My name is Vickie and I am a lifelong Mormon. My ancestors were in Nauvoo and marched in the Mormon Battalion. My grandmother was a General Primary President before correlation and my grandfather served on the General Sunday School Board. I myself have served in ward and stake auxiliary presidencies. My people helped build this church. I am a voice from the heart of Mormonism.
I have believed in priesthood for women since I learned of its historical foundations within the LDS Church in 1984. Sadly, over the years, I have watched my mother, my sister, my only daughter, and all but one of my nieces leave Mormonism, in part because of its restricted vision for women and its pervasive gender inequality. I also served for a time in a Spanish-speaking branch in New York City and observed that some of the best leaders in that struggling group could not be used because they were women.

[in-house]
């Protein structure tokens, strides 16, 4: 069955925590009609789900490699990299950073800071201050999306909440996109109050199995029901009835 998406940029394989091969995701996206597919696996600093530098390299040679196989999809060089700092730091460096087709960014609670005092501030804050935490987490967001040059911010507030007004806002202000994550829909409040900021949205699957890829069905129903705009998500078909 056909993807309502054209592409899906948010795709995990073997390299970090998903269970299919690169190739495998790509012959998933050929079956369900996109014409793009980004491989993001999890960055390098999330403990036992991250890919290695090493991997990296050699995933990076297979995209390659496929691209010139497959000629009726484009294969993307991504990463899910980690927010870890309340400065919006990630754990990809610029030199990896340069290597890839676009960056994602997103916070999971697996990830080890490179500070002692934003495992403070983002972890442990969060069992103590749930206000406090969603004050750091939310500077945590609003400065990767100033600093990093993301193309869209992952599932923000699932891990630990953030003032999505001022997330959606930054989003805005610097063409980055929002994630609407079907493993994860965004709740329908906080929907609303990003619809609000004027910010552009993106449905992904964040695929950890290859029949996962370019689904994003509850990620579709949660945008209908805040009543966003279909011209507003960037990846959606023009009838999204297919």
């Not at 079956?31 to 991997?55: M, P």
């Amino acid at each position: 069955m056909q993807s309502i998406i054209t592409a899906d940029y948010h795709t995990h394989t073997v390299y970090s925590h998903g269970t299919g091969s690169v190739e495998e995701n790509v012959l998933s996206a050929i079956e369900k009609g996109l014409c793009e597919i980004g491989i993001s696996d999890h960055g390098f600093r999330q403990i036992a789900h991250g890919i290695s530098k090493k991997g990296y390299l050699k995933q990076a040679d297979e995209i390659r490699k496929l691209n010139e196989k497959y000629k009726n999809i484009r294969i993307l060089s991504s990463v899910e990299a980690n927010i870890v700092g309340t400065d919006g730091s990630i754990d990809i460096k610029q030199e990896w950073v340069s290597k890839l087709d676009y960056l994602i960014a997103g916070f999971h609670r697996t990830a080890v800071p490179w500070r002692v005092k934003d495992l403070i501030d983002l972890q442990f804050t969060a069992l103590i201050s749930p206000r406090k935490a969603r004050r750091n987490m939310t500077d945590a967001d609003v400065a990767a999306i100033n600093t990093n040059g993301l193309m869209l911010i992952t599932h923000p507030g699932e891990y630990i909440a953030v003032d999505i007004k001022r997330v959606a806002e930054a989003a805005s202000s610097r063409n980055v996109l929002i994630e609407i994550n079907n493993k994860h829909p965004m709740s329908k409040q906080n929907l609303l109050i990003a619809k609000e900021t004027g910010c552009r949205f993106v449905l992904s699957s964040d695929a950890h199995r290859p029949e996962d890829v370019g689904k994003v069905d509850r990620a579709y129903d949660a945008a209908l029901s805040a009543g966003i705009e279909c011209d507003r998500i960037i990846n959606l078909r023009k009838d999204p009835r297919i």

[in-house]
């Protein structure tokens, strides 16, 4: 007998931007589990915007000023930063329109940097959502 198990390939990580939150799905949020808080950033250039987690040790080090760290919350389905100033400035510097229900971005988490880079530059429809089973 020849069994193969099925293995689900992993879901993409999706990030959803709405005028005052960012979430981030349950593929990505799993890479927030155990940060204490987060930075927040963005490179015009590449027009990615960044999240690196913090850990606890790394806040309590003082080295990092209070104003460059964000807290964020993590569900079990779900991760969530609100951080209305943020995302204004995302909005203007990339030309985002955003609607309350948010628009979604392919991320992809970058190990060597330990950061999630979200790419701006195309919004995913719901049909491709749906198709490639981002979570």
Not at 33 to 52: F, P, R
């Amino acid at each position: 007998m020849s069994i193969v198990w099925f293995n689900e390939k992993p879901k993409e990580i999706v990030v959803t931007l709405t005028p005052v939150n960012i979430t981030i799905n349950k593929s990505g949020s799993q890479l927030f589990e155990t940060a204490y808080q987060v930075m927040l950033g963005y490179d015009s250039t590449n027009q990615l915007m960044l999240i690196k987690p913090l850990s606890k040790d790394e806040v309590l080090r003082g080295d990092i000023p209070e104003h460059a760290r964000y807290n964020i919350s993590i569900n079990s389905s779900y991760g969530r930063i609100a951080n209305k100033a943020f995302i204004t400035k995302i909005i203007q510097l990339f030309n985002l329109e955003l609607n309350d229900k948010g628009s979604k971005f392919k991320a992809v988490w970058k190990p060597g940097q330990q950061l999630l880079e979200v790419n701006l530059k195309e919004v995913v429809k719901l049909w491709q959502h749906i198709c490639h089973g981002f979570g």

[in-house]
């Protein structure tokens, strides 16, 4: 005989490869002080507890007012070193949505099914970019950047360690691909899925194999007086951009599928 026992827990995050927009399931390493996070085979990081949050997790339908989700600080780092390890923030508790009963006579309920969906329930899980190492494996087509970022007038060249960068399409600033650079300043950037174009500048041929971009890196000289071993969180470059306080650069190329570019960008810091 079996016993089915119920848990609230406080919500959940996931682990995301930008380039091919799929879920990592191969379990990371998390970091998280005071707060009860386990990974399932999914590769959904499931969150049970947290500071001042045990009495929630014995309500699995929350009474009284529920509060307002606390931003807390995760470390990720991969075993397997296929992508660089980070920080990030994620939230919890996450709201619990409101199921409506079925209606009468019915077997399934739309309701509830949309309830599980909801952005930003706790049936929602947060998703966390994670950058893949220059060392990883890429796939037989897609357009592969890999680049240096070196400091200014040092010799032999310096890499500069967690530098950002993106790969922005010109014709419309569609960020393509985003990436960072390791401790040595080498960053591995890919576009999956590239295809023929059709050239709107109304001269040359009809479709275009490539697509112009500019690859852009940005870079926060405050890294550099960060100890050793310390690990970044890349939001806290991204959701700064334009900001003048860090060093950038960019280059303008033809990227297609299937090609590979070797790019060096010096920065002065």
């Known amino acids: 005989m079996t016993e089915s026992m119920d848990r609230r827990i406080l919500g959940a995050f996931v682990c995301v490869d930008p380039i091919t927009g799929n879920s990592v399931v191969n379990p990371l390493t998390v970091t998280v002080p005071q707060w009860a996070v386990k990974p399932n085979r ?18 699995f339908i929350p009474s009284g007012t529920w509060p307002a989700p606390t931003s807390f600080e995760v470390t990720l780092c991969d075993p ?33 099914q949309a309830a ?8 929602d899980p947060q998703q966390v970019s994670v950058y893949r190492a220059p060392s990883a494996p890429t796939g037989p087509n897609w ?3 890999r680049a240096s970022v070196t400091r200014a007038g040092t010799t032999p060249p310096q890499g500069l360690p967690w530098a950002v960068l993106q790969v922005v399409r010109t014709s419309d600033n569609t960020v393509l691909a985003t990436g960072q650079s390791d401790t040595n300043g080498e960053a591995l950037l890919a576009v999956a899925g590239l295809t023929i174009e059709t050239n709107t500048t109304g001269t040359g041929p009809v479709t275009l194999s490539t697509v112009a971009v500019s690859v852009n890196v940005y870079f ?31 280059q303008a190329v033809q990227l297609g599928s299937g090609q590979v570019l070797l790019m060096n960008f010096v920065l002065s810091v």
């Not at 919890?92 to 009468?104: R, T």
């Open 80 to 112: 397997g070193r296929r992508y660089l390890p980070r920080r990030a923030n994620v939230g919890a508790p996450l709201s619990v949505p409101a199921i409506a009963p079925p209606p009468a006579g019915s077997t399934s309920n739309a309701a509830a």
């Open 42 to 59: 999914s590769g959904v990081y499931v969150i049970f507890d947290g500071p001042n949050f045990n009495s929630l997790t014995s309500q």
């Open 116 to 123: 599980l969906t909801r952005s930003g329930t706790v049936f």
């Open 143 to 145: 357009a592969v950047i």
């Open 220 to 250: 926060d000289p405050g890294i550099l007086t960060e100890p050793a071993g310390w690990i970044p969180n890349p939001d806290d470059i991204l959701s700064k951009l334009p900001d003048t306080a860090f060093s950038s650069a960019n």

Mormonism is my church and my tribe. I have worked hard for years to see that it would survive and thrive, but I am deeply concerned about its future unless it brings women into the organization with full authority and decision-making power. Ordaining women to priesthood makes a lot of sense in the context of church history. While other churches have done it out of sheer fairness, our church has true theological justification for this move. I urge the leadership to reach out and build on this rich tradition. Doing so would help to stop the outflow of bright, capable women and, and at the same time, enrich the church worldwide with thousands of priesthood leaders. It is in the church’s best interest to do this. It is in the best interest of women to do this.
I believe that women should be ordained.